JACKSONVILLE, Fla. - Despite sporadic calls for new gun laws after mass school or workplace shootings, 21 states have passed laws expanding the rights of gun owners over the past year, according to the Law Center to Prevent Gun Violence.
Eight states now allow administrators or teachers to have guns in schools, and legislation to allow it in Florida passed the House earlier this week. At least four allow them in bars. Several states allow guns in churches. Some allow guns on college campuses -- although Florida currently only allows them in locked vehicles.
Some ridicule the burst of pro-gun legislation, citing several recent mass shootings across the country. They say far too often, the mentally unstable are getting their hands on guns.
While gun rights have strong support -- especially in the South and West, one man who consoles survivors of gun violence speaks out about the dangers of the easy access to weapons.
Carl Harms says he is among those who should not be allowed to own a gun. Hewas diagnosed with Post Traumatic Stress Disorder in 2005 after he lost his mom.
Two years later, when drivers killed his dad, the PTSD intensified and Harms said he fell into a very dark place.
"I would just black out and (be) found in parking lots, laid out in the parking lot," Harms said. "I would wake up in the hospital."
A couple more years went by and Harms says he grew paranoid, afraid to even leave the house. One day he did go out -- to buy a gun.
"There were a lot of things that went through my head. Never taking someone else's life, but definitely thinking about taking my own," Harms said. "I never should've been issued a permit."
Harms was amazed by how easy it was to get a concealed weapons permit, especially for someone suffering from PTSD. The Department of Agriculture, which issues licenses, doesn't conduct a mental health evaluation, only asks if you've ever been adjudicated incapacitated, mentally defective or committed to a mental health institution.
Harms says he did not meet that criteria, so he checked "no" and was well on his way to being able to carry a weapon.
Dark thoughts persisted and Harms contemplated pulling the trigger.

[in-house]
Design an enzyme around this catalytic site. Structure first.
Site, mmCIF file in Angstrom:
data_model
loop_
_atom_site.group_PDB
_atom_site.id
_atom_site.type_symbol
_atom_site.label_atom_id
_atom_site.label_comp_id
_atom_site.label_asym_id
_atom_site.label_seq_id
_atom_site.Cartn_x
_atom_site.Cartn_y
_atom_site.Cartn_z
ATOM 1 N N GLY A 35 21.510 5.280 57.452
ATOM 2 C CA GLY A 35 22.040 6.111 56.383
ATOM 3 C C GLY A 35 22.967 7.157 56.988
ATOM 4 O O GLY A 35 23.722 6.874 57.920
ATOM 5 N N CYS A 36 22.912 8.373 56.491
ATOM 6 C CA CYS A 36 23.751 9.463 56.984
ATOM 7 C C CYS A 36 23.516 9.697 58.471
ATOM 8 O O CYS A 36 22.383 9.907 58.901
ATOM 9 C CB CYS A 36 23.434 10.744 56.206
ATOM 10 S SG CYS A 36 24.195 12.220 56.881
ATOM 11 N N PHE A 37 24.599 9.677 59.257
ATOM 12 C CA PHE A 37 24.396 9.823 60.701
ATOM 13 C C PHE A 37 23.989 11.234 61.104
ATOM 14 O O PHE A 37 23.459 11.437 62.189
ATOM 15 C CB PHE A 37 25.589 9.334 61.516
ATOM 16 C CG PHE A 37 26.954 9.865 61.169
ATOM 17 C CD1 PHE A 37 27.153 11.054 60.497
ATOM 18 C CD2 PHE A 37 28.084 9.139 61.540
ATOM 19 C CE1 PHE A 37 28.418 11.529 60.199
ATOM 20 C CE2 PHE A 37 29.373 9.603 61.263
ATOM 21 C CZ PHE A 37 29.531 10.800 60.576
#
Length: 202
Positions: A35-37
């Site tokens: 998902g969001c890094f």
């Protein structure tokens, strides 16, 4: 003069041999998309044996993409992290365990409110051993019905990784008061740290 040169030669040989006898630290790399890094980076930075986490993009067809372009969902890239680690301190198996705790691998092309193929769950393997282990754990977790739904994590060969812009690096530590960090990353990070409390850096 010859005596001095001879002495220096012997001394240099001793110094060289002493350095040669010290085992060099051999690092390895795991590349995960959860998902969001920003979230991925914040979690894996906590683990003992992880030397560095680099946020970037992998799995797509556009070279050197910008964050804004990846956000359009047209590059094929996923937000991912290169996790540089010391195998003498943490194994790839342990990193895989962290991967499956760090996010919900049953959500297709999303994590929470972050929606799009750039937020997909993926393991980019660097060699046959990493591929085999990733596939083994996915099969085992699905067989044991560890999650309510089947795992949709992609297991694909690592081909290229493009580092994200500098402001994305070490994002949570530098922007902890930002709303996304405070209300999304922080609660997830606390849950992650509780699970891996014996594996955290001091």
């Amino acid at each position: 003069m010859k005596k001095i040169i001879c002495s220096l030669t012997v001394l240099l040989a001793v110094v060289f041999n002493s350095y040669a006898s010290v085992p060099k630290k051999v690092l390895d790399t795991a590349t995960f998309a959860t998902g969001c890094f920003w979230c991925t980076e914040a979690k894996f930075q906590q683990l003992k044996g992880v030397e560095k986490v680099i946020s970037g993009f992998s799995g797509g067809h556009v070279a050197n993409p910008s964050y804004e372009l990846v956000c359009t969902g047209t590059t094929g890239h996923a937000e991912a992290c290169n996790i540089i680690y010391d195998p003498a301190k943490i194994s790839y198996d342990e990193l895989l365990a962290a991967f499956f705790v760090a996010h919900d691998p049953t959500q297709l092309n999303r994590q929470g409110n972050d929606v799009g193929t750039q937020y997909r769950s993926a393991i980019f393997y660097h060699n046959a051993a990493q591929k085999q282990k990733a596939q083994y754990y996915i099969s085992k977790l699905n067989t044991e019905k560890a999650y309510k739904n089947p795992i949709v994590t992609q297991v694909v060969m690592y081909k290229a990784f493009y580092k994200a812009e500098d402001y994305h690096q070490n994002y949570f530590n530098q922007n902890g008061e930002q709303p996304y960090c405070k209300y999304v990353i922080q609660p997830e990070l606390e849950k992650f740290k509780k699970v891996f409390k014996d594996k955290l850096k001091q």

"The state basically voluntarily gave me the means to take care of what my thoughts were," he said.
Fortunately someone stepped in and saved his life: Ryan Backmann, who was struggling through his own nightmare.
Months before, a man -- still unknown -- robbed, shot and killed Backmann's father on the Southside while he was vacuuming an office building.
It was a Saturday afternoon in October 2009, and Cliff Backmann was trying to earn a little extra money to support his wife fighting Stage 4 breast cancer. Never did Ryan Backmann think his dad would go first.
After a year of no leads and few answers, Backmann left his job and made it his mission to help other survivors, including Harms. They became best friends, both joining "Compassionate Families" as victim advocates.
Jordan Davis's dad, Ron, recognized the non-profit's efforts during last month's National Crime Victims' Rights Week which honored homicide victims and survivors.
"At what point did we decide shooting somebody was an acceptable resolution to a dispute?" Harms asked.
"If George Zimmerman didn't have a gun, would he have gotten out of the car that night? If Michael Dunn didn't have a gun, would he have said a word to an SUV full of teenagers?" Backmann asked. "It gives an inflated sense of self-importance and invincibility, and we will do things that we normally wouldn't do because we know we have a weapon in our pocket."
Backmann, Harms and Ron Davis share the same stance on guns.
"It's a dangerous weapon, but it's only dangerous in the wrong hands," Davis said.
They say the gun ends up in the wrong hands far too often, and the process is only getting easier.
"In Georgia, you can take a weapon into a bar -- a bar where they're serving alcohol, which impairs your decision-making abilities," Davis said.
"People like to compare guns to vehicles, you know, are we going to ban cars next? But, vehicles are a very highly regulated product," Blackmann said. "There has been leaps and bounds in safety features since the 60s in vehicles. We have seat belts; we have airbags; we have bumpers; we have anti-lock breaks. We know have cars that can stop when you get too close to somebody or they have a rear-view camera. When was the last safety improvement made in a firearm?"
Safety they say is what needs work in the gun industry. Improved measures to protect the public because you never know what's going in the mind of the person behind the barrel.
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